The First-cause Argument


‘Perhaps the simplest and easiest to understand is the argument of the First Cause. (It is maintained that everything we see in this world has a cause, and as you go back in the chain of causes further and further you must come to a First Cause, and to that First Cause you give the name of God.)

That argument, I suppose, does not carry very much weight nowadays, because, in the first place, cause is not quite what it used to be. The philosophers and the men of science have got going on cause, and it has not anything like the vitality it used to have; but, apart from that, you can see that the argument that there must be a First Cause is one that cannot have any validity. I may say that when I was a young man and was debating these questions very seriously in my mind, I for a long time accepted the argument of the First Cause, until one day, at the age of eighteen, I read John Stuart Mill’s Autobiography, and I there found this sentence: “My father taught me that the question ‘Who made me?’ cannot be answered, since it immediately suggests the further question ‘Who made god?'” That very simple sentence showed me, as I still think, the fallacy in the argument of the First Cause.

If everything must have a cause, then God must have a cause. If there can be anything without a cause, it may just as well be the world as God, so that there cannot be any validity in that argument.

It is exactly of the same nature as the Hindu’s view, that the world rested upon an elephant and the elephant rested upon a tortoise; and when they said, “How about the tortoise?” the Indian said, “Suppose we change the subject.” The argument is really no better than that.

There is no reason why the world could not have come into being without a cause; nor, on the other hand, is there any reason why it should not have always existed. There is no reason to suppose that the world had a beginning at all. The idea that things must have a beginning is really due to the poverty of our imagination. Therefore, perhaps, I need not waste any more time upon the argument about the First Cause.’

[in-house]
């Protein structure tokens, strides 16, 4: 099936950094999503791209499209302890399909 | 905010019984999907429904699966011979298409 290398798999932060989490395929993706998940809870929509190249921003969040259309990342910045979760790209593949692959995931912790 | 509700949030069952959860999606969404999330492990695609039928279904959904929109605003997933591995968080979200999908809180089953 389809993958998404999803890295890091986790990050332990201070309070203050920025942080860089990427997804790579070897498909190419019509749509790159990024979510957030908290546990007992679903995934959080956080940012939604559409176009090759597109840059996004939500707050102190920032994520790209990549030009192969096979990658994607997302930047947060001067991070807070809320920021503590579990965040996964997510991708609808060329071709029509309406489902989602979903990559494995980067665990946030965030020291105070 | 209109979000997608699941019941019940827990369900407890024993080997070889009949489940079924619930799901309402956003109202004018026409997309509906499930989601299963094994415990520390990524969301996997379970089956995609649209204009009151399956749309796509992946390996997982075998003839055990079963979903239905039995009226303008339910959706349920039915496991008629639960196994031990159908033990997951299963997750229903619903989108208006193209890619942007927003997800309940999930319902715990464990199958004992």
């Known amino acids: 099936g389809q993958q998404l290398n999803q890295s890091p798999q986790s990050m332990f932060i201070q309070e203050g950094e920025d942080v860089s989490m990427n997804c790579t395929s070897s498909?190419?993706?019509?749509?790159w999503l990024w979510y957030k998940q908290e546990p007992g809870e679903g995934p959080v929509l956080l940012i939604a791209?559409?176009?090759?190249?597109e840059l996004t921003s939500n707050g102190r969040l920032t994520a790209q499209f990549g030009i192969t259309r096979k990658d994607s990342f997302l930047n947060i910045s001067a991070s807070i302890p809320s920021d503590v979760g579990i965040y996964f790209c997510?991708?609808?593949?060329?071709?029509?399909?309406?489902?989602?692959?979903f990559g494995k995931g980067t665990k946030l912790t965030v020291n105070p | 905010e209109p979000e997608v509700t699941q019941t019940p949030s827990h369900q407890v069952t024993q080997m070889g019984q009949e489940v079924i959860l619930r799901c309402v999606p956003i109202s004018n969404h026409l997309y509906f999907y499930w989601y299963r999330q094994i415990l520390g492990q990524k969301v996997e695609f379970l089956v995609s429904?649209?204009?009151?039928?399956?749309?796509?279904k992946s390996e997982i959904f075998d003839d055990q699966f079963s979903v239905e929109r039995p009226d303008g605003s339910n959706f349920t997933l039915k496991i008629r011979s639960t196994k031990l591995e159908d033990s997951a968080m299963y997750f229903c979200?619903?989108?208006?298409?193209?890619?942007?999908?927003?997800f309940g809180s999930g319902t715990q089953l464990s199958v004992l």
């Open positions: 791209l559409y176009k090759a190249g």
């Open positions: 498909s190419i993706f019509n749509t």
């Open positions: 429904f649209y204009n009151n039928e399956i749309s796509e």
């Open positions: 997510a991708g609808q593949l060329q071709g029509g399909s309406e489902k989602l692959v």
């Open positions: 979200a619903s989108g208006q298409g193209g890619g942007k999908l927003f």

– Denonn. L.E., Egner. R.E. Ed. 1961. The Basic Writings of Bertrand Russell London, United Kingdom: George Allen & Unwin (1962) p. 587


Bertrand Russell delivered the lecture Why I am not a Christian (of which this is an excerpt) on March 6, 1927 to the National Secular Society, South London Branch, at Battersea Town Hall.

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5 thoughts on “The First-cause Argument

  1. About the origin of the universe, why is it so difficult to simply say, “I don’t know.” I don’t need to know the evolutionary history of a flower to know that it’s beautiful and smells good.

  2. We don’t know… yet, might be better. That one admission, far from claiming eternal ignorance, has been the tool of progressive inquiry and discovery throughout generations of mankind.
    “We don’t know, so God did it” has been the opposite. It’s intentionally closed those doors and sought to destroy all who might try to push them back open. -KIA

  3. Agreed.

    “God is an ever-receding pocket of scientific ignorance, that gets smaller and smaller as time goes on.”
    — Neil Degrasse Tyson —

  4. I think the first cause argument is a control issue intended to lead people to think by faith (yes a contradiction, but valid for my argument). Faith, as the KJV book of Hebrews states, “is the substance of things hoped for, the evidence of things not seen.” Faith, I have found by interacting with it seriously, is a form of self-hypnosis and a desire, or need, to be hypnotized from reality. With the right hypnotist, faith can make one firmly convinced of anything, as long as that “anything” remains outside any fact or physical evidence. Many people do not realize this about faith: it only works outside facts and evidence. First cause must be based on faith, hence why it is called God, a faith-based concept.
    Maybe, as Arch implies, “a rose by any other name would smell as sweet” and leave it at that but I’ve never been a fan of that approach. What makes “us” is our innate need to know. Born questers, for good or ill. Some are quite willing to sacrifice the well-being of the entire planet to discover if a certain weapon will work as theorized. The drive to know is more powerful even than sex – it’s endemic. The idiot who lays a length of burnt rubber on the street with his rod is no different that the one who set off operation plumb-bob. Both exhibit sociopathic traits; one being annoying, one being willing to risk starting a singularity that could have opened a hole to the core of the planet and eaten it up.
    My own thought on first cause changed when I gave up faith. It became what I now see as an infinity of ever-changing “causes” better understood as inputs, no longer restricted to the past, but existing in the future as well. We live our short physical lives on, or within, a sea of cosmic changes we try to understand as we evolve through our own set of infinite, if infinitesimal, changes.

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